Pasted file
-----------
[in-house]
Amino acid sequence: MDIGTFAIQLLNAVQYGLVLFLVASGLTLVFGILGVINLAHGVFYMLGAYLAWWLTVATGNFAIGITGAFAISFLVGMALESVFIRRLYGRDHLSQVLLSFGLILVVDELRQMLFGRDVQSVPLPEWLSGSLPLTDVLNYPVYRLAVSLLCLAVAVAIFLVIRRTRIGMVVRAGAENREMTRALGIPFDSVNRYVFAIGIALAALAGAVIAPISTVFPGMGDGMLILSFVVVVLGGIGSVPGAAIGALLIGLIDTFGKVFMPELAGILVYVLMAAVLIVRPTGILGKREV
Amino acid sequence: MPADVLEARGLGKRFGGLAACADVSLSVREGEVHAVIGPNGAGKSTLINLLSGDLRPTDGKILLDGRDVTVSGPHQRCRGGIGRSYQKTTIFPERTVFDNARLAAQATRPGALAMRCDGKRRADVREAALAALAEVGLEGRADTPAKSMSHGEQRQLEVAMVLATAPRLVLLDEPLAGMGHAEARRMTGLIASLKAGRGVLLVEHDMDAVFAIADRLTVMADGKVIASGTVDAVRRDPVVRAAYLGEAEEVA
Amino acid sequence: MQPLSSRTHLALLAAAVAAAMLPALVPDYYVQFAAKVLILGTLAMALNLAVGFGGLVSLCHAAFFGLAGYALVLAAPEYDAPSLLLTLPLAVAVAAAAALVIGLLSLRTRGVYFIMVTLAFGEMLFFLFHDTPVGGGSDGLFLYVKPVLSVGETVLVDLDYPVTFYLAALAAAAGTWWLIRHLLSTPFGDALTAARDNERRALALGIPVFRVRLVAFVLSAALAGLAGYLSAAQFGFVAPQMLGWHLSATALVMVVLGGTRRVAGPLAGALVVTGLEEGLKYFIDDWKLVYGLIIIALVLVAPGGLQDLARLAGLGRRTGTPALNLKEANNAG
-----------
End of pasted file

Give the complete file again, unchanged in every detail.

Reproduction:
[in-house]
Amino acid sequence: MDIGTFAIQLLNAVQYGLVLFLVASGLTLVFGILGVINLAHGVFYMLGAYLAWWLTVATGNFAIGITGAFAISFLVGMALESVFIRRLYGRDHLSQVLLSFGLILVVDELRQMLFGRDVQSVPLPEWLSGSLPLTDVLNYPVYRLAVSLLCLAVAVAIFLVIRRTRIGMVVRAGAENREMTRALGIPFDSVNRYVFAIGIALAALAGAVIAPISTVFPGMGDGMLILSFVVVVLGGIGSVPGAAIGALLIGLIDTFGKVFMPELAGILVYVLMAAVLIVRPTGILGKREV
Amino acid sequence: MPADVLEARGLGKRFGGLAACADVSLSVREGEVHAVIGPNGAGKSTLINLLSGDLRPTDGKILLDGRDVTVSGPHQRCRGGIGRSYQKTTIFPERTVFDNARLAAQATRPGALAMRCDGKRRADVREAALAALAEVGLEGRADTPAKSMSHGEQRQLEVAMVLATAPRLVLLDEPLAGMGHAEARRMTGLIASLKAGRGVLLVEHDMDAVFAIADRLTVMADGKVIASGTVDAVRRDPVVRAAYLGEAEEVA
Amino acid sequence: MQPLSSRTHLALLAAAVAAAMLPALVPDYYVQFAAKVLILGTLAMALNLAVGFGGLVSLCHAAFFGLAGYALVLAAPEYDAPSLLLTLPLAVAVAAAAALVIGLLSLRTRGVYFIMVTLAFGEMLFFLFHDTPVGGGSDGLFLYVKPVLSVGETVLVDLDYPVTFYLAALAAAAGTWWLIRHLLSTPFGDALTAARDNERRALALGIPVFRVRLVAFVLSAALAGLAGYLSAAQFGFVAPQMLGWHLSATALVMVVLGGTRRVAGPLAGALVVTGLEEGLKYFIDDWKLVYGLIIIALVLVAPGGLQDLARLAGLGRRTGTPALNLKEANNAG